How can there be a Statute of Limitations for Nazi crimes against humanity which were of such enormous gravity and those who participated not be brought to justice and pay the price for their terrible crimes no matter how late?
No survivor, and for that matter no one, should conclude that at least the ones who took part in inflicting such unspeakable suffering should be allowed to evade justice merely because of their prolonged success in eluding detection.
When one refers to the victims who died in Auschwitz and other concentration camps, we should know that they did not really “die” as such. Here again, they were brutally killed, murdered, and burned to death in crematoria.
For all intents and purposes, by using passive, less offensive words, we have lessened the outrage that should exist, and in effect we are protecting the perpetrators who performed these dastardly deeds. Surely there is a great deal of difference between simply stating that someone died when in reality he or she was murdered or brutally killed. By using sanitized words, we are unknowingly helping the deniers of the Holocaust.
It is a mistake to down-play the extreme genocide committed by the Germans. By diluting the facts of how 6,000,000 actually died, it will be quite natural for people reading about the Holocaust fifty or a hundred years from now to assume that the six million died. After all, everybody has to die. As such, tragically the crimes and brutal acts perpetrated could somehow be nullified.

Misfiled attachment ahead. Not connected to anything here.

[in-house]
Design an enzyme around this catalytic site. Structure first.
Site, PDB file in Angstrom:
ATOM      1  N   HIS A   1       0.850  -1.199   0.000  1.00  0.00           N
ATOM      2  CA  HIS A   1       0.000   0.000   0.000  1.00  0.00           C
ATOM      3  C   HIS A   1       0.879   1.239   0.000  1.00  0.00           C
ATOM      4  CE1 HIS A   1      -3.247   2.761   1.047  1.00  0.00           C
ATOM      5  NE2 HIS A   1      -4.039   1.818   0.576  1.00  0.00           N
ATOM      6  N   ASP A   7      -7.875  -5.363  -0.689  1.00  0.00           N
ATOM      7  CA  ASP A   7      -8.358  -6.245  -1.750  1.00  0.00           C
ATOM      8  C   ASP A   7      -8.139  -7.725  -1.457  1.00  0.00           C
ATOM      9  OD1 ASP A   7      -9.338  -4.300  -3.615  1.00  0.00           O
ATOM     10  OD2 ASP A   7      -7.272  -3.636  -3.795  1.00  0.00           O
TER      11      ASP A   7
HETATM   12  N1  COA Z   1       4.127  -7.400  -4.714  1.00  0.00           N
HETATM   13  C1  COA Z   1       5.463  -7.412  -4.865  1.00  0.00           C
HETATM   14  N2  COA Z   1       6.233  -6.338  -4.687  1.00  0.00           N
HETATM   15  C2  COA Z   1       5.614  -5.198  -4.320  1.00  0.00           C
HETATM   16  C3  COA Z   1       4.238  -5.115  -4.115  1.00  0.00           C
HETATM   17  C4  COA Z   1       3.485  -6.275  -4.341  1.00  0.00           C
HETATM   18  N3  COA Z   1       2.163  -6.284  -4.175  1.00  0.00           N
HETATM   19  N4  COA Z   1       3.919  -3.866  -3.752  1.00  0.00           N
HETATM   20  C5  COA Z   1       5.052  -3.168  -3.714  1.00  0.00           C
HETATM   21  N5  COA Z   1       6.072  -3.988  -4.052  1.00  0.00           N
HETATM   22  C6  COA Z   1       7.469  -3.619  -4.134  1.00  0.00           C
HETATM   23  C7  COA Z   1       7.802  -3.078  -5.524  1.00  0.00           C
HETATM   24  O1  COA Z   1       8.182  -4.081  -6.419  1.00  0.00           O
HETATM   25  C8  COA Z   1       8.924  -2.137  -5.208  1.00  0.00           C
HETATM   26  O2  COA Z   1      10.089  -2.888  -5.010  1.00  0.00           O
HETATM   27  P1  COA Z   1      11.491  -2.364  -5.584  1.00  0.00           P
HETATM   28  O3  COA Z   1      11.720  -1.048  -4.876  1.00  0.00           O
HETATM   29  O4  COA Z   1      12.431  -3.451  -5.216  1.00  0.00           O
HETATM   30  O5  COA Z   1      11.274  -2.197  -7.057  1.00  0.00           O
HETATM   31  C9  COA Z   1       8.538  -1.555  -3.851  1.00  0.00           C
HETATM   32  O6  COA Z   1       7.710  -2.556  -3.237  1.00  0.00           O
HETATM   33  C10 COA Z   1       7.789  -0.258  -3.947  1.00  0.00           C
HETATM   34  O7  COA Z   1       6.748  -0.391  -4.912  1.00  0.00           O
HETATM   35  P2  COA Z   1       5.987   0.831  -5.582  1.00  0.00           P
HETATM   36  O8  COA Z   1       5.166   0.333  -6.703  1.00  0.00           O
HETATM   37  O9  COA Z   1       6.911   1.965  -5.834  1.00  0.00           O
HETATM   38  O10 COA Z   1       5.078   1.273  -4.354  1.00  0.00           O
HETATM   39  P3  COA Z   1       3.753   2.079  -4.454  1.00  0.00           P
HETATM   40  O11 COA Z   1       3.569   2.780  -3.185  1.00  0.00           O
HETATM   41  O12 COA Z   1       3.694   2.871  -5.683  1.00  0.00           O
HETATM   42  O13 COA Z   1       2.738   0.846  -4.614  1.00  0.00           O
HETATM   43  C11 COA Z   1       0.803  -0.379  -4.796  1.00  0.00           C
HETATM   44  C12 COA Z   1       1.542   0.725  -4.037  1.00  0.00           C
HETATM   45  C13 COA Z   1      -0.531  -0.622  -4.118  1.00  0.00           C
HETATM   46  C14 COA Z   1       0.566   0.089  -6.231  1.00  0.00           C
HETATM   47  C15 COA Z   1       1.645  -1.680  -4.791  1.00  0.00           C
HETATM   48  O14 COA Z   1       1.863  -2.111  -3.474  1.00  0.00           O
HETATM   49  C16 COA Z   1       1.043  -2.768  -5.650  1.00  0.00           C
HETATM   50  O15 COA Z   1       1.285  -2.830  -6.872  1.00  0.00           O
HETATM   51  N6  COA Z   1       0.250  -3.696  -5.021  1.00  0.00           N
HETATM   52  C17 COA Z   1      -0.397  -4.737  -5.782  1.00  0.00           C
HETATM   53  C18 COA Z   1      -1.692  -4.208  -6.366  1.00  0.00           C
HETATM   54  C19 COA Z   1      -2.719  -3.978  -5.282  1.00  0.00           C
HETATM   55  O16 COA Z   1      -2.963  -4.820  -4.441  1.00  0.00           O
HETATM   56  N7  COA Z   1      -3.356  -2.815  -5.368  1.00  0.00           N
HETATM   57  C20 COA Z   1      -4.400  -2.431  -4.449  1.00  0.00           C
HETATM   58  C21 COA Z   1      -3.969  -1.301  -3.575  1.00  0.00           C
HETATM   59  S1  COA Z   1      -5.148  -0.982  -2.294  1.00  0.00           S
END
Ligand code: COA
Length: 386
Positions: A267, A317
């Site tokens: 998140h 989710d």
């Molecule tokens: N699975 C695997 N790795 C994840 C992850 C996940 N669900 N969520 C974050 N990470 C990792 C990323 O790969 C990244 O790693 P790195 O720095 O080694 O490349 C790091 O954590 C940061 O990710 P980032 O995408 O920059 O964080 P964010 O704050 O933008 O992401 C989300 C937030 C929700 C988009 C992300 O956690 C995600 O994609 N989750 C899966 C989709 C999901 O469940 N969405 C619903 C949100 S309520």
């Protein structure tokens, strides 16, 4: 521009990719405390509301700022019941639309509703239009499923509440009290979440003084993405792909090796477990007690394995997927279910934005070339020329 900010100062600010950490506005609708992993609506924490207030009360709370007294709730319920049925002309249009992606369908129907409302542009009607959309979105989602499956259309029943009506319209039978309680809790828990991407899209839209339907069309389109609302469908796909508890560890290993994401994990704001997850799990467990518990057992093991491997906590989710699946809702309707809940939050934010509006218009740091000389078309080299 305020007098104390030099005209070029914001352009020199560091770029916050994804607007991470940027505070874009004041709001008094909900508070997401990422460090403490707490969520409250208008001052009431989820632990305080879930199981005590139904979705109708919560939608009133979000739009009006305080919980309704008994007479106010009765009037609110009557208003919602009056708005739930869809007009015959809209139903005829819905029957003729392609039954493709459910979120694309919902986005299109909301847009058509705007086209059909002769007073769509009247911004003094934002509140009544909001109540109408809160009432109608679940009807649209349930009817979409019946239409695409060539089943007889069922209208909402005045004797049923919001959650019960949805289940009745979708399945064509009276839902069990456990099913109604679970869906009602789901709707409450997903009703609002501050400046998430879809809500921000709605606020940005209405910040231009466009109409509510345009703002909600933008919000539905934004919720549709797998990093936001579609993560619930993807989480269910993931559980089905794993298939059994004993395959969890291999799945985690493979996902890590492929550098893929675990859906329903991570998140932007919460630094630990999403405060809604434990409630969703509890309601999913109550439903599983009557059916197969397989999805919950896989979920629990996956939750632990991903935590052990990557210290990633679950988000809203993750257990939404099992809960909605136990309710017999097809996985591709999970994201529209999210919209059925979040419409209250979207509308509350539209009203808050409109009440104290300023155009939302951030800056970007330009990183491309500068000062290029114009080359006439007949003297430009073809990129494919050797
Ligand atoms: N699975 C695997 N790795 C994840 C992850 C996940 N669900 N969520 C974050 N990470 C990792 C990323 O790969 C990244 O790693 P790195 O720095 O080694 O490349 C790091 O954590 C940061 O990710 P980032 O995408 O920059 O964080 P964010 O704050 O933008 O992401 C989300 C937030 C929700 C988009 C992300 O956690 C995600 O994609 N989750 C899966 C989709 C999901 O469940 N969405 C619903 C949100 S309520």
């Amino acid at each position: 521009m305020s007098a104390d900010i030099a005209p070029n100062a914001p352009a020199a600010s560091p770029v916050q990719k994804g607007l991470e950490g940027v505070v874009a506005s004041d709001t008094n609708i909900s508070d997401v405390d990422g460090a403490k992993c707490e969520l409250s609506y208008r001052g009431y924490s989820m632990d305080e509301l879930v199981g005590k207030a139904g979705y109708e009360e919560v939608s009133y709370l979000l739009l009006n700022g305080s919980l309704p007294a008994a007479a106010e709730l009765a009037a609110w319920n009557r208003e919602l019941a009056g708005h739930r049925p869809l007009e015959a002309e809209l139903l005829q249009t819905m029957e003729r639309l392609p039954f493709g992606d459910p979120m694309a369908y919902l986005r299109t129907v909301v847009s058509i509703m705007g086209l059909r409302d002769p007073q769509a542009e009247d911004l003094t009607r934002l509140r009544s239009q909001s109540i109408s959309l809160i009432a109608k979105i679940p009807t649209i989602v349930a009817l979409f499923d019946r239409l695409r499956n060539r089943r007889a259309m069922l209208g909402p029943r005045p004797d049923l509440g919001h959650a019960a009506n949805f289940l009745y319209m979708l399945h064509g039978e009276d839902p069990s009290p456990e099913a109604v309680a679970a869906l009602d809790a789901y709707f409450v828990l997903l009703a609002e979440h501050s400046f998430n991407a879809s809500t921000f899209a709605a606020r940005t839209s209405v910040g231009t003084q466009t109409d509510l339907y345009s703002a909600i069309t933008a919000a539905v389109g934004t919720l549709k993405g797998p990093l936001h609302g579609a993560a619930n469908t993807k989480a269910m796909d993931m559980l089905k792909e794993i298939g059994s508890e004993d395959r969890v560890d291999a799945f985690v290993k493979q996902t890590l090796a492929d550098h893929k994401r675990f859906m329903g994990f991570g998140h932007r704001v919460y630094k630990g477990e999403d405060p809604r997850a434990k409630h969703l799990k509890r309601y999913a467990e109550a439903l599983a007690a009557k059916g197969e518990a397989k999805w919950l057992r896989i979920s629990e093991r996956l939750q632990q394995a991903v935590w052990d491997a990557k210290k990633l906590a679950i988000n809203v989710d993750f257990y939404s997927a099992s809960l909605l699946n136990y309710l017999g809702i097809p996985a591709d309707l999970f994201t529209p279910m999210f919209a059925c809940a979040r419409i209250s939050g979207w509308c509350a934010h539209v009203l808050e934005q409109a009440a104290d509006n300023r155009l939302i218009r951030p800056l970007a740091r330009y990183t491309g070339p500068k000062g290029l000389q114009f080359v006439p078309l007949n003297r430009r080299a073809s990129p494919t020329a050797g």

Sanitizing the cruelties of the Holocaust should not be condoned. It is essential for now and for future to describe the events as they really were so that with the passage of time they will not be totally distorted.
In addition, there is also an important reason to pursue the Nazi criminals, namely to help prevent the repetition of such ghastly crimes. The Nazi prosecutions send an unmistakable warning to would-be perpetrators that if they dare to act and commit mass murder there is no real chance for them to get away Scot-free.
They must know that the civilized world will pursue them for the rest of their lives if necessary, and to the farthest corners of the earth. The continued prosecutions of Nazi criminals send a uniquely powerful deterrent precisely because of the passage of time. It shows that even after seventy years the world has not ceased to attempt to locate and apprehend those who have the blood of innocent people on their hands.
Yes, it is more than important that there be no Statute of Limitations for crimes against humanity; it is imperative that one and all know that international laws are supposed to protect the world’s racial, religious, and ethnic minorities. If this is embedded in our minds, it will be in no small measure due to the extraordinary efforts of the pioneers of the Nuremberg Trials.
With the emergence of deniers, it is more crucial than ever to keep alive the precise meaning of the Holocaust so that it does not diminish with the passage of time.
For this reason, it was especially significant that the United Nations acknowledged the existence of the Holocaust by holding a formal commemoration. In a way, this official commemoration by the United Nations, a body representing all nations, was a reply to the world at large and to all the deniers in particular that the Holocaust is indeed a part of our history.
We survivors are grateful to the United Nations for such worldwide recognition, though it was sixty years in coming. Yet, recognition by itself is not enough. We survivors dare not forget the millions who were murdered, for if we were to forget, the conscience of mankind would be buried alongside the victims.